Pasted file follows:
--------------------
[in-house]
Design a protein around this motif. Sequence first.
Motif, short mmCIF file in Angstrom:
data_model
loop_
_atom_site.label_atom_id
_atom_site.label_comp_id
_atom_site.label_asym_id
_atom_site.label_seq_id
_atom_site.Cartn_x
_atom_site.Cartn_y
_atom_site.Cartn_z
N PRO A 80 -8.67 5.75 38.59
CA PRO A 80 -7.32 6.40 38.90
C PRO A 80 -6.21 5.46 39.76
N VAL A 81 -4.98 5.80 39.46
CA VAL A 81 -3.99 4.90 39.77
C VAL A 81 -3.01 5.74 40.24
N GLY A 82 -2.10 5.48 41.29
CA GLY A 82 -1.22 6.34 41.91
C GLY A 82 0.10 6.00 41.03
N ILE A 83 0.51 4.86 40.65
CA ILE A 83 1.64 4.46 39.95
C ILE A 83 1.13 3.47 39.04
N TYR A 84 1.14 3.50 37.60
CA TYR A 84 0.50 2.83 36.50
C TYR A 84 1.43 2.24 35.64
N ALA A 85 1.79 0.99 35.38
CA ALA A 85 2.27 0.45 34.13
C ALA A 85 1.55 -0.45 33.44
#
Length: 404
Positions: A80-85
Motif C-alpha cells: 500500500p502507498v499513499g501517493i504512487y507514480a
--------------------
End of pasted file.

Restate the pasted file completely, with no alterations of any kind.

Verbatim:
[in-house]
Design a protein around this motif. Sequence first.
Motif, short mmCIF file in Angstrom:
data_model
loop_
_atom_site.label_atom_id
_atom_site.label_comp_id
_atom_site.label_asym_id
_atom_site.label_seq_id
_atom_site.Cartn_x
_atom_site.Cartn_y
_atom_site.Cartn_z
N PRO A 80 -8.67 5.75 38.59
CA PRO A 80 -7.32 6.40 38.90
C PRO A 80 -6.21 5.46 39.76
N VAL A 81 -4.98 5.80 39.46
CA VAL A 81 -3.99 4.90 39.77
C VAL A 81 -3.01 5.74 40.24
N GLY A 82 -2.10 5.48 41.29
CA GLY A 82 -1.22 6.34 41.91
C GLY A 82 0.10 6.00 41.03
N ILE A 83 0.51 4.86 40.65
CA ILE A 83 1.64 4.46 39.95
C ILE A 83 1.13 3.47 39.04
N TYR A 84 1.14 3.50 37.60
CA TYR A 84 0.50 2.83 36.50
C TYR A 84 1.43 2.24 35.64
N ALA A 85 1.79 0.99 35.38
CA ALA A 85 2.27 0.45 34.13
C ALA A 85 1.55 -0.45 33.44
#
Length: 404
Positions: A80-85
Motif C-alpha cells: 500500500p502507498v499513499g501517493i504512487y507514480a